From color therapy and medi-pedis to frigid blizzard rooms and swankier eyebrow bars, fresh trends are surfacing around the world in the $60 billion spa industry, according to an annual forecast.
As destination resorts, day spas and beauty salons shake off economic worries, new luxury is playing out in all price ranges through more intimate pairings with healthy fine dining, glamour and child-welcome options, said Susie Ellis, president of the online spa portal SpaFinder.
Past trends such as wellness pampering and organic treatments haven't been replaced but are being joined by a broader range of foot healing, multisensory experiences and icy cold therapies, Ellis told reporters recently when she rolled out SpaFinder's 2012 trends report.
Look for more wow, fun and wellness, and for more spa options in Asia, which she said leads the world in industry growth.
Here in Charleston, the trend is the same.
Annette Sandford-Lopez, director of The Spa at Charleston Place, said customers -- 50 percent of whom are local -- increasingly are seeking spa treatments for stress relief, rather than just pure pampering.
"They (spa treatments) are no longer being considered an indulgence, but part of what people need to do to stay sane and to feel in control," said Sandford-Lopez, noting several new treatment options emphasizing individualized needs that she and the spa staff created in the past six months.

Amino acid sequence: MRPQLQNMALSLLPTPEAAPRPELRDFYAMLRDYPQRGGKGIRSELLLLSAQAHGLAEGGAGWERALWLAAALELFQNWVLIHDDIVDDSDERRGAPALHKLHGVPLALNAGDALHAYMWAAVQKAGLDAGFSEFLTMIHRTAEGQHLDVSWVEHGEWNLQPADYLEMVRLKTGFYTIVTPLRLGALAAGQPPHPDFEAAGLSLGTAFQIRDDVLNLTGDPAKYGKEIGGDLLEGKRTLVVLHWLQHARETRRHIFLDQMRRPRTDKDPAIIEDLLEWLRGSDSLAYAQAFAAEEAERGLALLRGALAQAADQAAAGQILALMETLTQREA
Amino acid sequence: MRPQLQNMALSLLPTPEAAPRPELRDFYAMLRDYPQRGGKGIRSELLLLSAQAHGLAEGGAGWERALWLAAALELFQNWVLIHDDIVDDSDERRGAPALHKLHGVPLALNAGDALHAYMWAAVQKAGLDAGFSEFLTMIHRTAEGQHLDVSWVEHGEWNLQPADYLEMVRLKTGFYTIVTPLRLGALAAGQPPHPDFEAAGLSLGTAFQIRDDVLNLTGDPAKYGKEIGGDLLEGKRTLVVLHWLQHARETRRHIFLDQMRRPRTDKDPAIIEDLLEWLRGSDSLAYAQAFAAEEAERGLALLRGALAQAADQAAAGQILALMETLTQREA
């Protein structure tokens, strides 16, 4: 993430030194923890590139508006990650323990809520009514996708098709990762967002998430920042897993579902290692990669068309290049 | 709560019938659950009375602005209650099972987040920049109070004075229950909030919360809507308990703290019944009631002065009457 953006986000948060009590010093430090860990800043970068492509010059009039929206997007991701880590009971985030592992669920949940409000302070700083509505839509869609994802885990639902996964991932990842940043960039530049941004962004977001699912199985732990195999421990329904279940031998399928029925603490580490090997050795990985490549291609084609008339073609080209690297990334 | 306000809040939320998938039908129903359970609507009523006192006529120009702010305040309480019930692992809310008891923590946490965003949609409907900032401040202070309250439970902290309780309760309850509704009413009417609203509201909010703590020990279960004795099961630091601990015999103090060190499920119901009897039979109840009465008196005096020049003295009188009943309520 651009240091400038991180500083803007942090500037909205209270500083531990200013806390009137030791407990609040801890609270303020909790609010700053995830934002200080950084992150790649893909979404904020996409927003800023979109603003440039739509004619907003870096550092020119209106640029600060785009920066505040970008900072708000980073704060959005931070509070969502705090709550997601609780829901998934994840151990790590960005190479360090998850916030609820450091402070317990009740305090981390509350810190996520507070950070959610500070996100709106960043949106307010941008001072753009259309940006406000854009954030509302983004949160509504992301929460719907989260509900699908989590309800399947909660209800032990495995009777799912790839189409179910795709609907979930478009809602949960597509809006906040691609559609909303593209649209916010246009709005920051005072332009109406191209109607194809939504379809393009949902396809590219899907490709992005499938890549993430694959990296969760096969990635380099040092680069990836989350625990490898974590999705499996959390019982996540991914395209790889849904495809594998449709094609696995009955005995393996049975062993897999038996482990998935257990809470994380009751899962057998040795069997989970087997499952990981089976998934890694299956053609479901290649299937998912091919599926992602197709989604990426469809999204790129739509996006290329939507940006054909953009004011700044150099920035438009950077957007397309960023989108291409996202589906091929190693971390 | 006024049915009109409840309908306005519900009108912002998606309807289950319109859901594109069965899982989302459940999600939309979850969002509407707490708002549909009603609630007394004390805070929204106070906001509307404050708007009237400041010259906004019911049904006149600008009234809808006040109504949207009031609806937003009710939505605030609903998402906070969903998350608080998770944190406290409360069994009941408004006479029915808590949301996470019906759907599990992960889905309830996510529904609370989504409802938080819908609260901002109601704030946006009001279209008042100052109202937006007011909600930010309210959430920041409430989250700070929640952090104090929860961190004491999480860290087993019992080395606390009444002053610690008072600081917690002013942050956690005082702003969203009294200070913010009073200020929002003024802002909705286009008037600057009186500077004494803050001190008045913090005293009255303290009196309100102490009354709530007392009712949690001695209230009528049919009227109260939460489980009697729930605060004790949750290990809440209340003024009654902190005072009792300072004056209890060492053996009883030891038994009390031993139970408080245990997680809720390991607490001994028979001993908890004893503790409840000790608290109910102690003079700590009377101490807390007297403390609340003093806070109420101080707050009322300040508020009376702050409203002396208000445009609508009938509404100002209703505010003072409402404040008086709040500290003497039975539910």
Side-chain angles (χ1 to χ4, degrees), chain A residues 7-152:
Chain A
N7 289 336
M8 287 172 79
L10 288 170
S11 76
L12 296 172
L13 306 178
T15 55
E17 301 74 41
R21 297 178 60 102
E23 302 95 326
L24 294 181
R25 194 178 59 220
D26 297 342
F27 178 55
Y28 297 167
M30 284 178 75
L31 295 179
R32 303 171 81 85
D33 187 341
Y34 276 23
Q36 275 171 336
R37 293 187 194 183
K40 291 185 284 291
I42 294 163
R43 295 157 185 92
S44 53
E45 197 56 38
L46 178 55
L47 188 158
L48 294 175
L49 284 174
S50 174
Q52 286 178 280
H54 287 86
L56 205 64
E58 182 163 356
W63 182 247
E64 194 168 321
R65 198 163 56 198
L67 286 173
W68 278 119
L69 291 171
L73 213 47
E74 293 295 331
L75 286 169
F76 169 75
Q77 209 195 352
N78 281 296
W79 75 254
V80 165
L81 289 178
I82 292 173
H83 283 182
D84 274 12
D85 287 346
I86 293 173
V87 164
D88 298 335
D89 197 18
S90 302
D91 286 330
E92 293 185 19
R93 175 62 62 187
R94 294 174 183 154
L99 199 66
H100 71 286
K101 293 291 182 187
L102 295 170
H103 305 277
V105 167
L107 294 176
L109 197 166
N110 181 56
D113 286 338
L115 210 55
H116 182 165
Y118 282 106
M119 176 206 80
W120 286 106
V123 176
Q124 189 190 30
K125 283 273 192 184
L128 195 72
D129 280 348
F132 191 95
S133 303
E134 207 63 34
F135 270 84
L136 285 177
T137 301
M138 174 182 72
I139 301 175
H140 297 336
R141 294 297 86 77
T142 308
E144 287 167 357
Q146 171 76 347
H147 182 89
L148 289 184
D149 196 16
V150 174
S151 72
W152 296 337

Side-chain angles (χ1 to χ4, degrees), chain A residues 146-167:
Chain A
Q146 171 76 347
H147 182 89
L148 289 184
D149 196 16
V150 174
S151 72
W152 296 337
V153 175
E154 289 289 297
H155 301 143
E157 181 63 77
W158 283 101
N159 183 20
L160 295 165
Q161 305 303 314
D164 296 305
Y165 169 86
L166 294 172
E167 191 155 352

Among them is "Total Well Being" where a staff personal trainer and a client or two, such as two girlfriends, choose a workout such as yoga, Pilates, pool workout or bootcamp, and then choose a treatment, such as a facial or massage.
Another is the "Therapist-Choice Massage" which, based on the client's needs, may be a mix of massage specialties, such as
reflexology (specific to the feet) or hot stone massage, with another massage.
And speaking of reflexology, Sandford-Lopez also highlighted the spa's new "Top to Toe," which uses Morrocanoil's argan oil products for a 25-minute session of reflexology followed by a 25-minute scalp and neck massage.
Cost vs. empowerment
With more than 100,000 spas worldwide, making sense of often-pricey services can be difficult, along with tracking evidence that they work. A nearly year-old, industry-funded website, SpaEvidence.com, is a small but growing clearinghouse for clinical trials and published research on services ranging from yoga and music therapy to Ayurveda, the ancient holistic system of medicine from India, and thalassotherapy, the use of seaweed, algae and other materials from the sea.
"You are now moving from not only wellness but to wellness empowerment," said Dr. Daniel Friedland, an internist and consultant who worked on the site.
Helping spa-goers hunt down research is a game changer, especially now that more insurance companies and employers are willing to reimburse them for preventive care, Ellis said.
More from the SpaFinder report:
Cold and ice
With saunas, steam rooms, Whirlpool baths and rock massages, spas have traditionally used heat to de-stress and detoxify, but the industry is taking a cue from the Romans, who more than 2,000 years ago finished spa-like experiences with a trip to the "frigidarium."
Look for more ice therapies and cold rooms alternated with hot treatments to reduce pain and inflammation in muscles and joints, Ellis said.